Health impacts from pesticide use are of continuous concern. Hence, health impacts need to be characterized accounting for specific crops contributing differently to overall human exposure as well as accounting for individual substances showing distinct environmental behaviour and toxicity. We will work with a dynamic plant uptake model (dynamiCROP) to characterize potential health impacts of pesticides applied to six different food crops, based on a flexible set of interconnected compartments. In an exercise, we will demonstrate how to analyse the dynamics of residues by applying mathematical decomposition techniques. Finally, we investigate how toxicity potentials can be reduced by defining adequate pesticide substitution scenarios.
A participant who follows this course will be able to:
explain the principles and processes involved in the distribution of pesticides applied to different food crops,
quantify potential health impacts from pesticide intake via food crop consumption,
discuss different potentials for pesticide substitution.
This course is designed for:
new and experienced researchers in the field of environmental chemistry and engineering,
practitioners in life cycle impact assessment and risk assessment
For this course a basic knowledge in environmental chemistry is required as well as reading the background materials. Insight into multimedia modeling, matrix algebra, life cycle impact assessment (and/or risk assessment) is useful.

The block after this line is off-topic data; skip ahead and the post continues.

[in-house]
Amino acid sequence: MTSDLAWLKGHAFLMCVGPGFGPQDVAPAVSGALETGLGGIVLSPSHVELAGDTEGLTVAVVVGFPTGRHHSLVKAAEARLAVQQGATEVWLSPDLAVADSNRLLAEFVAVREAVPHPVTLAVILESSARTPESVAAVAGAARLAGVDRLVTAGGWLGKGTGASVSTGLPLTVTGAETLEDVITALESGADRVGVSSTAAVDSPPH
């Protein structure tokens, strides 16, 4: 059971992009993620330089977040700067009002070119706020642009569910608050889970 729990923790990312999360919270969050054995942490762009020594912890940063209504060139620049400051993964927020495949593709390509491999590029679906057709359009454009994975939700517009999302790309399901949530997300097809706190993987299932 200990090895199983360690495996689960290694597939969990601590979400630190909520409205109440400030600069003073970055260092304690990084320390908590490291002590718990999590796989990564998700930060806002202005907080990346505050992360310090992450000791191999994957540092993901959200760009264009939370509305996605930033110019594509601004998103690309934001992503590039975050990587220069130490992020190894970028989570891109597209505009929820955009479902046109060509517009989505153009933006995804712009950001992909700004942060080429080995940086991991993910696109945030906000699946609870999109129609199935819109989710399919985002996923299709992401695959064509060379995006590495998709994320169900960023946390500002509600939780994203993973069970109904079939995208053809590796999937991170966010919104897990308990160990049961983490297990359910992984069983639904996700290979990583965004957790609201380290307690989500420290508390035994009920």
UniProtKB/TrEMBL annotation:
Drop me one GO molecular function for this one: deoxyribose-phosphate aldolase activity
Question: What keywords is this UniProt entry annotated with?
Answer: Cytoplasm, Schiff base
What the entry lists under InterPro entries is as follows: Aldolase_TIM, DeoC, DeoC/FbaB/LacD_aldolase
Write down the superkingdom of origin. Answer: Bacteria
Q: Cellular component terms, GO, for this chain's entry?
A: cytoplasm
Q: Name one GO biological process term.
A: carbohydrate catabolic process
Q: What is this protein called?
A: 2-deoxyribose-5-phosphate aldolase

Course duration: 120 min (presentations and exercises)
1. Introduction into pesticide residues in food crops and assessment model design
2. Characterizing pesticides impacts and comparison across pesticides and food crops (30 min)
3. Insight into potentials for pesticide substitution (30 min)
4. Quantification and analysis of residues, health impacts and substitution potentials (15 min)
5. Exercises – (45 min)
Follow the course now via YouTube:
Background reading material:
All material will be made freely accessible to all course participants.
(1) Fantke et al., 2011: Environ Sci Technol 45, 8842-8849.
(2) Fantke et al., 2011: Chemosphere 85, 1639-1647.
(3) Juraske et al., 2012: Chemosphere 89, 850-855.
(4) Fantke et al., 2013: Environ Modell Softw 40, 316-324.
(5) Fantke et al., 2012: Environ Int 49, 9-17.